Astroblastomas along with gliomatosis cerebri and polar spongioblastoma are included in neuroepithelial tumors of uncertain origin and are grade 4 tumors as per 2007 contrary to grade 1 in WHO classification of brain tumors. Bonnin et al. reported two distinct histological types: A low-grade type with better differentiated pattern and favorable postoperative prognosis and a high-grade type showing more anaplastic microscopic features with short postoperative survival. High-grade lesions show focal or multifocal regions of high cellularity, anaplastic nuclear features, elevated mitotic indices, vascular proliferation, and necrosis with pseudopalisading. [5]

Our case was considered in low-grade group as it had well orderly growth pattern with no evidence of necrosis and a high mitotic activity. Although malignant astroblastomas may show infiltration of brain parenchyma, most of them are noninfiltrating. [8]

Natural history of astroblastoma seems to place it in between astrocytoma and glioblastoma. [8] Total resection is the best way of treating an astroblastoma. [9] Regular follow-up is required even in low-grade variants due to unpredictable behavior. Adjuvant therapy is recommended for high-grade and recurrent cases. [10] Favorable prognosis is almost invariably associated with well-circumscribed tumors which permit total resection of tumor in all grades. In a series of 23 patients reported by Bonnin and Rubinstein, patients with high-grade astroblastomas who did not receive postoperative radiotherapy had a shorter survival time. [5]

Caroli et al. reported a high-grade astroblastoma with a 5-year survival without recurrence after total resection, radiation therapy, and temozolamide usage. [11] Our case was a low-grade astroblastoma, so we advised regular follow-up without adjuvant radiation. No recurrence was noted till the last follow-up of 14 months.


  Conclusion Top


Supratentorial astroblastomas are very rare. The radiological features of these rare lesions can be heterogeneous. Complete excision without radiotherapy is sufficient in low-grade variants. High-grade and recurrent tumors require adjuvant radiotherapy.

 
  References Top

1.Rosenblum MK. Neuromuscular system. In: Gery L, editor. Ackermans Surgical Pathology. 8th ed. St. Louis Missouri: Annr S Patterson; 1996. p. 2296-7.  Back to cited text no. 1
    
2.Port JD, Brat DJ, Burgle PC, Pomper MG. Astroblastoma, Radiologicpathologic correlation and distinction from ependymoma. AJNR Am J Neuroradiol 2002;23:243-7.  Back to cited text no. 2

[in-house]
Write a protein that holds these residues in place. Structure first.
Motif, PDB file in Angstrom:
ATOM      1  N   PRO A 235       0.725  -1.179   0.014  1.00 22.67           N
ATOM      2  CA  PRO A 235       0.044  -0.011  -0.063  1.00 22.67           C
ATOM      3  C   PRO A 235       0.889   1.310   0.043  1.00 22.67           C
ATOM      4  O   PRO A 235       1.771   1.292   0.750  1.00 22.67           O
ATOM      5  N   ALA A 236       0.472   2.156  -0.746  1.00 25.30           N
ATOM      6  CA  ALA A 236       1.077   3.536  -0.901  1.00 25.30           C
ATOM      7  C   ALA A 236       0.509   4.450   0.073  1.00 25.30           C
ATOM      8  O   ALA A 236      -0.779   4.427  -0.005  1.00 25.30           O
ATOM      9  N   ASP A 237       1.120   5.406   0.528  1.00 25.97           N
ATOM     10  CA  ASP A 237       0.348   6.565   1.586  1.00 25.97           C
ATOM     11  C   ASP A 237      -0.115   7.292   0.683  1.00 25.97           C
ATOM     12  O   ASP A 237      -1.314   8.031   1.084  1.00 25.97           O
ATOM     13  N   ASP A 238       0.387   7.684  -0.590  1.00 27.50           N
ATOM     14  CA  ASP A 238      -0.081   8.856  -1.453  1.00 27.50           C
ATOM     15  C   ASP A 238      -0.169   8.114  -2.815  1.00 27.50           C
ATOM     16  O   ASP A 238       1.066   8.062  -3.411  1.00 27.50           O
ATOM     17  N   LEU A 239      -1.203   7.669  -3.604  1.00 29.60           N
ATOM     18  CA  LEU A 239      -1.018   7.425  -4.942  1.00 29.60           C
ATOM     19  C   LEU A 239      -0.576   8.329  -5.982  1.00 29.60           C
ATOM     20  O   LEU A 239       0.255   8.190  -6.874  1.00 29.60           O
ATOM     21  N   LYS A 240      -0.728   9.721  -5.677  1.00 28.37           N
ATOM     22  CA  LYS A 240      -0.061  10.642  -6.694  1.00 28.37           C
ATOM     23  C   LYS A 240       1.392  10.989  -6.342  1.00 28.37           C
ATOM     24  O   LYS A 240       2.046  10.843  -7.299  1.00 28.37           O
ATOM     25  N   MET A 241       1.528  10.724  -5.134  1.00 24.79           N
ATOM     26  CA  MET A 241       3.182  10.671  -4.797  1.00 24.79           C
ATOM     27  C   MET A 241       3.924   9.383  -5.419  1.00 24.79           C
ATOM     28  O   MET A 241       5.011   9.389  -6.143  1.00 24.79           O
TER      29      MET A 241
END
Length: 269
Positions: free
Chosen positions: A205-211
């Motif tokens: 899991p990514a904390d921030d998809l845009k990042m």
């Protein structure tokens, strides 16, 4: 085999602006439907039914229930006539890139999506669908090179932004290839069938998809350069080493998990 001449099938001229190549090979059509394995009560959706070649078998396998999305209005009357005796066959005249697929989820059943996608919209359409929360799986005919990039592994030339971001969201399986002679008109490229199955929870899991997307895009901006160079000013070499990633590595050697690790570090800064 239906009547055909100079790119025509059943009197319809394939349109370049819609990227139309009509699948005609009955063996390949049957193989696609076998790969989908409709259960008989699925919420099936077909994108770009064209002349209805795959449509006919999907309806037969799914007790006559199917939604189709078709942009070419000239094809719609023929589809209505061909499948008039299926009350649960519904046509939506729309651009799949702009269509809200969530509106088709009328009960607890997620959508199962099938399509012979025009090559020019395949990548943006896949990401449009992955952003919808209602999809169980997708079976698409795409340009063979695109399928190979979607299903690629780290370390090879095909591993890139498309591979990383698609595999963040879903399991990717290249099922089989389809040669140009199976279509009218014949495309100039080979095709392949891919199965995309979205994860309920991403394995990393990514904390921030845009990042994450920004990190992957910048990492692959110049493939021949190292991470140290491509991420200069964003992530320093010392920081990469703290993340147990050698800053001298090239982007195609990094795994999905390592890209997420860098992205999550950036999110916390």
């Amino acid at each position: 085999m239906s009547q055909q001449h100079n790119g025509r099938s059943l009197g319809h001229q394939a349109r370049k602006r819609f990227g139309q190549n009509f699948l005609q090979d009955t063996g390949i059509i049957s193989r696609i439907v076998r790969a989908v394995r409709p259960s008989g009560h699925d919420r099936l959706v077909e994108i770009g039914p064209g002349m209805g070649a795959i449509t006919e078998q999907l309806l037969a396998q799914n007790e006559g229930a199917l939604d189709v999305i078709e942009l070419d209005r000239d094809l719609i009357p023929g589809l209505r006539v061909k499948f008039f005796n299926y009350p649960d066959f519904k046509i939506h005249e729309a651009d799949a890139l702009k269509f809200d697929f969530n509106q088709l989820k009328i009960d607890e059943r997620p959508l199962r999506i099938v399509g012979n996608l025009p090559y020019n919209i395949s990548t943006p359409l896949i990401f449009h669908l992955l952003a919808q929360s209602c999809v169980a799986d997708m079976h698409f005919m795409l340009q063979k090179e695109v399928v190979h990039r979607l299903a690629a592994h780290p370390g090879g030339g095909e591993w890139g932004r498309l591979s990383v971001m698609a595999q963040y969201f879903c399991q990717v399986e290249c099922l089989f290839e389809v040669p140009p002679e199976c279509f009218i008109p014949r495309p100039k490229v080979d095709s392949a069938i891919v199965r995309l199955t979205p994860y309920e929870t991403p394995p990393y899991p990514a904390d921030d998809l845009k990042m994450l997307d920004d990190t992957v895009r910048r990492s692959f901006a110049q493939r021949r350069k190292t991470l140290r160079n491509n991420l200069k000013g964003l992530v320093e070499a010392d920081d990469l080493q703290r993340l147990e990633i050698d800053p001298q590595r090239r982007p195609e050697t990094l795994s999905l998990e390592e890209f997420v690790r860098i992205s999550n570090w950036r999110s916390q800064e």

3.Bailey P, Bucy PC. Astroblastomas of the brain. Acta Psychiatr Neurol 1930;5:439-61.  Back to cited text no. 3
    
4.Pizer BL, Moss T, Oakhill A, Webb D, Coakham HB. Congenital astroblastoma: An immunohistochemical study. Case report. J Neurosurg 1995;83:550-5.  Back to cited text no. 4
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5.Bonnin JM, Rubinstein LJ. Astroblastomas: A pathological study of 23 tumors, with a postoperative follow-up in 13 patients. Neurosurgery 1989;25:6-13.  Back to cited text no. 5
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6.Bell JW, Osborn AG, Salzman KL, Blaser SI, Jones BV, Chin SS. Neuroradiologic characteristics of astroblastoma. Neuroradiology 2007;49:203-9.  Back to cited text no. 6
[PUBMED]  [FULLTEXT]  
7.McLendon RE, Enterline DS, Tien RD, Thorstad WL, Bruner JM. Astroblastomas. In: Bigner DD, McLendon RE, Bruner JM, editors. Russell and Rubinstein's pathology of tumors of nervous system. 6th ed. London: Arnold; 1998. pp. 419-26.  Back to cited text no. 7
    
8.Burger PC, Scheithauer BW. Tumor of the central nervous system. Atlas of tumor pathology. 3rd series. Washington DC: Armed Forces Institute of Pathology; 1994. pp. 146-8.  Back to cited text no. 8
    
9.Cabello A, Madero S, Castresana A, Diaz-Lobato R. Astroblastoma: Electron microscopy and immunohistochemical findings: Case report. Surg Neurol 1991;35:116-21.  Back to cited text no. 9
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10.Unal E, Koksal Y, Vajtai I, Toy H, Kocaogullar Y, Paksoy Y. Astroblastoma in a child. Childs Nerv Syst 2008;24:165-8.  Back to cited text no. 10
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11.Caroli E, Salvati M, Esposito V, Orlando ER, Giangaspero F. Cerebral astroblastoma. Acta Neurochir 2004;146:629-33.  Back to cited text no. 11
[PUBMED]  [FULLTEXT]  


    Figures

  [Figure 1], [Figure 2], [Figure 3], [Figure 4], [Figure 5], [Figure 6]